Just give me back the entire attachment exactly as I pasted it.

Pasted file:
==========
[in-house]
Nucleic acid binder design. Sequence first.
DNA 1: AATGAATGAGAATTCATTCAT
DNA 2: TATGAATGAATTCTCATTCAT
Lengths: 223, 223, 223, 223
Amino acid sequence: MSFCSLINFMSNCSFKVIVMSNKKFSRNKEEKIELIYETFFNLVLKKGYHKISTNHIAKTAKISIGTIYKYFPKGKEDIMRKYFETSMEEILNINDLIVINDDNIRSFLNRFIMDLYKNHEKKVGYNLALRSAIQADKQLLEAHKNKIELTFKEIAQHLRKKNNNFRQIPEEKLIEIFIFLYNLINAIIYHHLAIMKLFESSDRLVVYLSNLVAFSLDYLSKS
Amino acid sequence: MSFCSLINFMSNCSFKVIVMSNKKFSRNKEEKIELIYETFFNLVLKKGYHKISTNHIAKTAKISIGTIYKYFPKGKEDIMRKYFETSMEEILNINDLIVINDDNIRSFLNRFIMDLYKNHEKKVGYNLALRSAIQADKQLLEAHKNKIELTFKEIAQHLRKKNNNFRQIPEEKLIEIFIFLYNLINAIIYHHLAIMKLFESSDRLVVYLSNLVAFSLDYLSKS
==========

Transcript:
[in-house]
Nucleic acid binder design. Sequence first.
DNA 1: AATGAATGAGAATTCATTCAT
DNA 2: TATGAATGAATTCTCATTCAT
Lengths: 223, 223, 223, 223
Amino acid sequence: MSFCSLINFMSNCSFKVIVMSNKKFSRNKEEKIELIYETFFNLVLKKGYHKISTNHIAKTAKISIGTIYKYFPKGKEDIMRKYFETSMEEILNINDLIVINDDNIRSFLNRFIMDLYKNHEKKVGYNLALRSAIQADKQLLEAHKNKIELTFKEIAQHLRKKNNNFRQIPEEKLIEIFIFLYNLINAIIYHHLAIMKLFESSDRLVVYLSNLVAFSLDYLSKS
Amino acid sequence: MSFCSLINFMSNCSFKVIVMSNKKFSRNKEEKIELIYETFFNLVLKKGYHKISTNHIAKTAKISIGTIYKYFPKGKEDIMRKYFETSMEEILNINDLIVINDDNIRSFLNRFIMDLYKNHEKKVGYNLALRSAIQADKQLLEAHKNKIELTFKEIAQHLRKKNNNFRQIPEEKLIEIFIFLYNLINAIIYHHLAIMKLFESSDRLVVYLSNLVAFSLDYLSKS